Certainly, one of the things that has happened is that we have become very insensitive to brutality and violence. They have become commonplace and the feelings of revulsion and shock are mostly gone. Richard Tobin in a March 14, 1970 editorial in Saturday Review  draws a parallel to ancient Rome where little by little the most unspeakable torments that can be inflicted on the human body were gradually exposed to public view in the Coliseum and other public arenas to satisfy an ever increasing public appetite for sadistic spectacle. Televi­sion networks have simply taken the leg­work out of it. We need only walk across the room to satisfy our appetite. One could argue very convincingly in this regard about professional athletics, particularly football and boxing.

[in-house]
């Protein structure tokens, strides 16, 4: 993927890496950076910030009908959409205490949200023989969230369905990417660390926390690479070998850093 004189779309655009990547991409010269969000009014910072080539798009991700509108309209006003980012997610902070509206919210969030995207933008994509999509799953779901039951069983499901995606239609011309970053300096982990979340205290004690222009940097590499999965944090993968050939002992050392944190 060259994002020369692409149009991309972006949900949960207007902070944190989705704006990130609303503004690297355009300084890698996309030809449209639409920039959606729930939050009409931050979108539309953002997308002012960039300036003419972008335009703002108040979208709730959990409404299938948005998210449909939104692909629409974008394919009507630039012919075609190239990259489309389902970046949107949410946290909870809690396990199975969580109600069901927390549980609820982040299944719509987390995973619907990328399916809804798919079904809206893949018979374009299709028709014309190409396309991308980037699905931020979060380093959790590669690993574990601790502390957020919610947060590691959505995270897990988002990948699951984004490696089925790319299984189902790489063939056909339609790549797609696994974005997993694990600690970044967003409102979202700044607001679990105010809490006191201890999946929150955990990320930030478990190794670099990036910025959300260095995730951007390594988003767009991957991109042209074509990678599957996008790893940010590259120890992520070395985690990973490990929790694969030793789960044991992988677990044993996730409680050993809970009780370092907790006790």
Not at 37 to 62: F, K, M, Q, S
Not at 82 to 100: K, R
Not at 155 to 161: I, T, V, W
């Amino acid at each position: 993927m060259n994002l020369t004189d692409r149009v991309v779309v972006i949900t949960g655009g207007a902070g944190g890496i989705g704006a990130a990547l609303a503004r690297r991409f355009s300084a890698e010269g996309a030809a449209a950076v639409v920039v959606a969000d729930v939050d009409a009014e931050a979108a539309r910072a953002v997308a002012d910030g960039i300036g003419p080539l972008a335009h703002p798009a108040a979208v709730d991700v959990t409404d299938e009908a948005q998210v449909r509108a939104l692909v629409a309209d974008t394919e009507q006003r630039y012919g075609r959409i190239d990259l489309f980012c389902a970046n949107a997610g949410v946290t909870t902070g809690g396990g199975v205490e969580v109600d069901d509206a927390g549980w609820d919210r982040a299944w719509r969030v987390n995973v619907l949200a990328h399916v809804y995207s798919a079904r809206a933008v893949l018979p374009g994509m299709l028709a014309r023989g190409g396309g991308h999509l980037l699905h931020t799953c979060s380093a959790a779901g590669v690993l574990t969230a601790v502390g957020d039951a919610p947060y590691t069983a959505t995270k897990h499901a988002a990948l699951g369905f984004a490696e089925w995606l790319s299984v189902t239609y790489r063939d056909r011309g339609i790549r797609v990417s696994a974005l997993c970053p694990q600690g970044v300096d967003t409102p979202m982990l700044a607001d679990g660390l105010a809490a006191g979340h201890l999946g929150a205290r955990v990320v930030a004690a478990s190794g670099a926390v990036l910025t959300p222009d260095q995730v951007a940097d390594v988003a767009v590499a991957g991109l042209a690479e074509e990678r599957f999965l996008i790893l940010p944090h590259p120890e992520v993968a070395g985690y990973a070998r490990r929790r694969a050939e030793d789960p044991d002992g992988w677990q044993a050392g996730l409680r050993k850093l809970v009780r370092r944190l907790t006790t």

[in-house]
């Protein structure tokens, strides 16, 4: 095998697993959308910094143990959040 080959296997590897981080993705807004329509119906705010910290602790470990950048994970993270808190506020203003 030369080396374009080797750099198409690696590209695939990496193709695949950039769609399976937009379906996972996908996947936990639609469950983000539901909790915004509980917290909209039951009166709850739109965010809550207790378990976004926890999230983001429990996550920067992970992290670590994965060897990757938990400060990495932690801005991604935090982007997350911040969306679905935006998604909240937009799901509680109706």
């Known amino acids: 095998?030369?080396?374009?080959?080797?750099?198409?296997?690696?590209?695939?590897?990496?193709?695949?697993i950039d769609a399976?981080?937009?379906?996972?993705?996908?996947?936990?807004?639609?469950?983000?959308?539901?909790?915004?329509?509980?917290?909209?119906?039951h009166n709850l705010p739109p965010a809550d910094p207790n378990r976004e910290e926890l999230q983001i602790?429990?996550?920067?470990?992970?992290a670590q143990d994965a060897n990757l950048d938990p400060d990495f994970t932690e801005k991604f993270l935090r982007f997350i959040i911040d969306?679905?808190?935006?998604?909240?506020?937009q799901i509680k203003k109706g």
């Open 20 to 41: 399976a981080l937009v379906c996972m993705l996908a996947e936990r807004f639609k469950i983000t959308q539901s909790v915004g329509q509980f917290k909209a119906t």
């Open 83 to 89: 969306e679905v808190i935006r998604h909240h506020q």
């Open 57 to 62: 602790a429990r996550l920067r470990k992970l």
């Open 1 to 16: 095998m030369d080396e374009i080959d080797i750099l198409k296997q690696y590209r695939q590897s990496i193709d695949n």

A second effect — harmful, too, just like the first — which concerns me is that

television has become a mental pacifier for us. One’s intellect certainly is not stimulated or nourished by the fare delivered on tel­evision. In addition, television viewing has taken the place of reading. Now you may argue that television is a very effective teaching device and I would agree but you must remember that neither the Bible nor the great Christian books stand much chance of being televised. It is that about which I am concerned. Television viewing has deprived us of the time that we ought to be spending in serious reading and seri­ous study. This, too, will eventually take its toll if we do not act to change the situation.

In the final analysis, I think that what we are seeing is that we are very subtly developing an insensitivity to sin. Certainly we cannot agree with the morality and the values which television provides. What we have to see in this regard is that every program presents to us a message; it says something to us; it does not enter our homes as a neutral nothingness which we can treat as we see fit.